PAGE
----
136. Hepatic Injury, Blunt, Selective Nonoperative Management of

with blunt hepatic trauma at most of the US trauma centers, with reported success rates ranging from 82% to 100%. [8][10–14] Some have even voiced that operative management of hepatic trauma leads to increased hepatic hemorrhage and may lead to unnecessary interventions with an increased incidence of iatrogenic complications. [2][3] Factors previously thought to completely preclude nonoperative management of hepatic injuries include hepatic injury grade, head injury, injury severity score, degree (...) , patient selection, and details of management. [2][6–9] These questions include as follows: Are the 2003 recommendations still valid? Is nonoperative management appropriate for all hemodynamically stable adults regardless of the severity of solid-organ injury or presence of associated injuries? What role should angiography and other adjunctive therapies play in nonoperative management? Is the risk of missing a hollow viscous injury a deterrent to nonoperative management? What is the best way

2012 Eastern Association for the Surgery of Trauma

137. Should stimulants be administered to manage difficulties with attention, hyperactivity and impulsivity following paediatric acquired brain injury?

of traumatic brain injury. Brain Inj 1988;2:273–90. Clark E, Baker BK, Gardner MK, et al. Effectiveness of stimulant drug treatment for attention problems – a look at head injured children. Sch Psychol Int 1990;11:227–34. Plenger PM, Dixon CE, Castillo RM, et al. Subacute methylphenidate treatment for moderate to moderately severe traumatic brain injury: a preliminary double-blind placebo-controlled study. Arch Phys Med Rehabil 1996;77:536–40 Mahalick DM, Carmel PW, Greenberg JP, et al. Psychopharmacologic (...) Should stimulants be administered to manage difficulties with attention, hyperactivity and impulsivity following paediatric acquired brain injury? BestBets: Should stimulants be administered to manage difficulties with attention, hyperactivity and impulsivity following paediatric acquired brain injury? Should stimulants be administered to manage difficulties with attention, hyperactivity and impulsivity following paediatric acquired brain injury? Report By: David W Harvey, Matthew Morrall

2012 BestBETS

138. Is traumatic brain injury preventable in amateur boxing competition?

of traumatic brain injury (TBI) as a consequence of repeated blows to the head. Traumatic brain injury can be classified as acute TBI, commonly known as a concussion, and chronic TBI, sometimes called chronic traumatic encephalitis (CTE). 3 Concussion represents an immediate and transient response of the brain to trauma, 4 while CTE is a . 5 Concussions occur less frequently in amateur boxing than professional boxing. 6 The reduction of concussions in amateur boxing could be attributed to shorter match (...) biomarker concentrations included being hit over 15 times in the head during an amateur bout and grogginess after fighting. Further investigation into neuronal damage biomarkers in boxers could provide promising diagnostic and prognostic information regarding acute and chronic TBI. Of note, there was no significant association found in a 2013 study between levels of neuronal and axonal injury biomarkers and . 11 The ability to assess for genetic predisposition to chronic brain injury would be helpful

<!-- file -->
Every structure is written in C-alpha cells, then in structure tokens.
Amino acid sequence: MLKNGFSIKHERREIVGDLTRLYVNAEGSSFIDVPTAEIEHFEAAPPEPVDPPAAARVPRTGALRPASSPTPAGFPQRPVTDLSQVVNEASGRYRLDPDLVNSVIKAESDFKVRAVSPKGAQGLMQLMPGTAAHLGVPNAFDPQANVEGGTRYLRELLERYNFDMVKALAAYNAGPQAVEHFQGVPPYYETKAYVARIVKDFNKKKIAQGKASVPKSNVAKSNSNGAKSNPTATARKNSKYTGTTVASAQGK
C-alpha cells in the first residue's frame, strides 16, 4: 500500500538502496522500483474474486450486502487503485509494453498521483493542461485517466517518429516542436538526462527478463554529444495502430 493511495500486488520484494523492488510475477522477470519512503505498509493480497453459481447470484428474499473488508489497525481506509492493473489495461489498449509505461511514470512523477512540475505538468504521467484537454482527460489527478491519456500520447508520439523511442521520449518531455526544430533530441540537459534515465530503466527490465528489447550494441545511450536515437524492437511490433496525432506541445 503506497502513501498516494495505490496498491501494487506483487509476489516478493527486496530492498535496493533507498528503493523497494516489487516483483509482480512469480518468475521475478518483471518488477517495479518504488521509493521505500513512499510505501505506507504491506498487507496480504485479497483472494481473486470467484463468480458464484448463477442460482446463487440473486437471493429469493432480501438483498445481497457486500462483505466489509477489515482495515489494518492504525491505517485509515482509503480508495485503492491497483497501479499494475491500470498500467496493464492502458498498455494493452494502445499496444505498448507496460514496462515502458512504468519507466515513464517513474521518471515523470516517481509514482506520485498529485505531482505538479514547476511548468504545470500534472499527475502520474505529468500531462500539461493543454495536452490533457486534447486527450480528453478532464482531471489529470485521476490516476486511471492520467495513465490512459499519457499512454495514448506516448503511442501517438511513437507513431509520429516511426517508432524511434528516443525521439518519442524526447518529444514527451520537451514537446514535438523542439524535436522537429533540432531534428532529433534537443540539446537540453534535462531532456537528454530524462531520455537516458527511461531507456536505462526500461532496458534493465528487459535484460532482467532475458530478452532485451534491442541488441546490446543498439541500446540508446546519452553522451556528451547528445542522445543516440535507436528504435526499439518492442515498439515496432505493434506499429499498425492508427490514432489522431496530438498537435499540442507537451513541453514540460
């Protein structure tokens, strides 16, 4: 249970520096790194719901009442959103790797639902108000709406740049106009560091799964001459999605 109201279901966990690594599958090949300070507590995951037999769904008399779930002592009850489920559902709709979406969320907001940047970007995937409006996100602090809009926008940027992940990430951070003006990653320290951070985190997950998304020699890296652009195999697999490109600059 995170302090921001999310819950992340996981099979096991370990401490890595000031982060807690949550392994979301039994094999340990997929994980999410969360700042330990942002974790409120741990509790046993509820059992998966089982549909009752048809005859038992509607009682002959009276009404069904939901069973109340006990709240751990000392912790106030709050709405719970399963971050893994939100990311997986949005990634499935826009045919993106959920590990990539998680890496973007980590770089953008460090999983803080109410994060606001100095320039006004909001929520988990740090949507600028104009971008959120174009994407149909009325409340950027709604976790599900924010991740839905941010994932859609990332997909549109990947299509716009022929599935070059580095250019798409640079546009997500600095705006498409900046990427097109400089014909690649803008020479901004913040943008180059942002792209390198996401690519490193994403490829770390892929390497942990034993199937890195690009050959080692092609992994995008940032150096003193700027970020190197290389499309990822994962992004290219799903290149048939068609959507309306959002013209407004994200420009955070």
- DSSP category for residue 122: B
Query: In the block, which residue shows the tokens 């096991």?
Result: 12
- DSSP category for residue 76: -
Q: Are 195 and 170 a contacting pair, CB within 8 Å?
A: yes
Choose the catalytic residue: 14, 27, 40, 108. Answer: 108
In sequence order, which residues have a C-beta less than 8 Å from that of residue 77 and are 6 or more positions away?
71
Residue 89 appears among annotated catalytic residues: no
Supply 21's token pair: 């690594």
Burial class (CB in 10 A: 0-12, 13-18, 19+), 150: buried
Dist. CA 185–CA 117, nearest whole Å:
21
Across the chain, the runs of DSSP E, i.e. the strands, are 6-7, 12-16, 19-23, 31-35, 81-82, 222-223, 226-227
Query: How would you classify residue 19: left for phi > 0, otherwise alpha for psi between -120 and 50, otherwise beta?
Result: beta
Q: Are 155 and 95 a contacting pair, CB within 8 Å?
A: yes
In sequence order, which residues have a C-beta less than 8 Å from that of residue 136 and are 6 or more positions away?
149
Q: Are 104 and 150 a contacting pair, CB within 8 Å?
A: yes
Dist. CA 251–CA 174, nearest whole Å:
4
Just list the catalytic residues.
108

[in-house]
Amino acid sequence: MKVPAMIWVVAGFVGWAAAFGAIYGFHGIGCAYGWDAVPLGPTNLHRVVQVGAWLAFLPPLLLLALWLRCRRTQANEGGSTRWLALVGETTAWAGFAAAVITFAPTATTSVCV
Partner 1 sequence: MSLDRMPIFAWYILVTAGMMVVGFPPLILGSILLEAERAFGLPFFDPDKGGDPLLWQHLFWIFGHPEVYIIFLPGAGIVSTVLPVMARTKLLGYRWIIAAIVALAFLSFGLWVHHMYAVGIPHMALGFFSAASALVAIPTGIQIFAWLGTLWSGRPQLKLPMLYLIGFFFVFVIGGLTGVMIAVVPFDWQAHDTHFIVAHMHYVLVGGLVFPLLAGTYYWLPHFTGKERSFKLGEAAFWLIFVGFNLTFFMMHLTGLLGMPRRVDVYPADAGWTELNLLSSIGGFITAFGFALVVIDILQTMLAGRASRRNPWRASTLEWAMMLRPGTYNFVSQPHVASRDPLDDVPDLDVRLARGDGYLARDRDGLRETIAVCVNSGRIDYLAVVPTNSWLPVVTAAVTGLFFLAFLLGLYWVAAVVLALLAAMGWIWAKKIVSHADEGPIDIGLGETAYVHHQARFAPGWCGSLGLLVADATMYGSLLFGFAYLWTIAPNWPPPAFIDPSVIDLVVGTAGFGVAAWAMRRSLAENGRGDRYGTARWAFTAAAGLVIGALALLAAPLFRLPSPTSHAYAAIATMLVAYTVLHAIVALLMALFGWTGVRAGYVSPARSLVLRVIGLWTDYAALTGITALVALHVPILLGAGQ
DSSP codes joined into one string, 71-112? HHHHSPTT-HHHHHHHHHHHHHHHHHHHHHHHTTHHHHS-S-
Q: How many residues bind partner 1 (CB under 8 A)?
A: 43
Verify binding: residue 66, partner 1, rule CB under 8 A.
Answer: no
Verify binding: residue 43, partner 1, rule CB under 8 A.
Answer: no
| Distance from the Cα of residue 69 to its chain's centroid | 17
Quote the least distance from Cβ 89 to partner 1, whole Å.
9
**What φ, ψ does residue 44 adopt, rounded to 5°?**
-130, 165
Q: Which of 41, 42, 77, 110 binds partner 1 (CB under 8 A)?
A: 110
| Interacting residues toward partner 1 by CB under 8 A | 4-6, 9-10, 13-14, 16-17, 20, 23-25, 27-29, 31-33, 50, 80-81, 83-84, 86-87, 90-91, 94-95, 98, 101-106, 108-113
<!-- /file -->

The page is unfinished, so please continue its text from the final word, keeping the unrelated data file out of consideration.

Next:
2019 Clinical Correlations

139. Traumatic brain injury

intracranial pressure (ICP)] are [hypertonic sodium solutions better than mannitol] at [reducing morbidity and mortality]? Clinical Scenario A 54 year old female pedestrian has been hit by a bus. She is brought into the ED by ambulance. Her GCS is 13 on arrival and examination reveals an isolated head injury with a haematoma over the left occiput. CT confirms a right 2011 13. Elevation of the head during intensive care management in people with severe traumatic brain injury . BACKGROUND: Traumatic brain (...) of the questions/sections on the left-hand side of this page. But if you still have questions please contact us via jon.brassey@tripdatabase.com Top results for traumatic brain injury 1. Guidelines for the Management of Severe Traumatic Brain Injury (4th edition) Guidelines for the Management of Severe Traumatic Brain Injury , Fourth Edition | Neurosurgery | Oxford Academic We use cookies to enhance your experience on our website. By continuing to use our website, you are agreeing to our use of cookies. You

2018 Trip Latest and Greatest

140. Guidelines on Management of Dyspnea (Breathlessness) in Patients with Cancer

on Management of Dyspnea Page 5 the literature search was not designed to locate these guidelines, additional guidelines on these topics may exist. The list for COPD is more extensive, with several of the guidelines identified from references in other guidelines. Guidelines Focused on Dyspnea or Symptom Management The guideline by the Japanese Society for Palliative Medicine covers palliative interventions for respiratory symptoms in cancer and is probably the most comprehensive for the therapies it covers (...) is a risk factor for both. Evidence Summary SMG-3 SMG-3. Guidelines on Management of Dyspnea Page 9 Several recent guidelines on COPD exist (see Appendix E), including those by the Global Initiative for Chronic Obstructive Lung Disease (GOLD) [47], Lung Foundation Australia/Thoracic Society of Australia and New Zealand (based largely on GOLD) [48], the Canadian Thoracic Society [53,55,56], American College of Chest Physicians/Canadian Thoracic Society [54], and the European Respiratory Society/American

2019 Cancer Care Ontario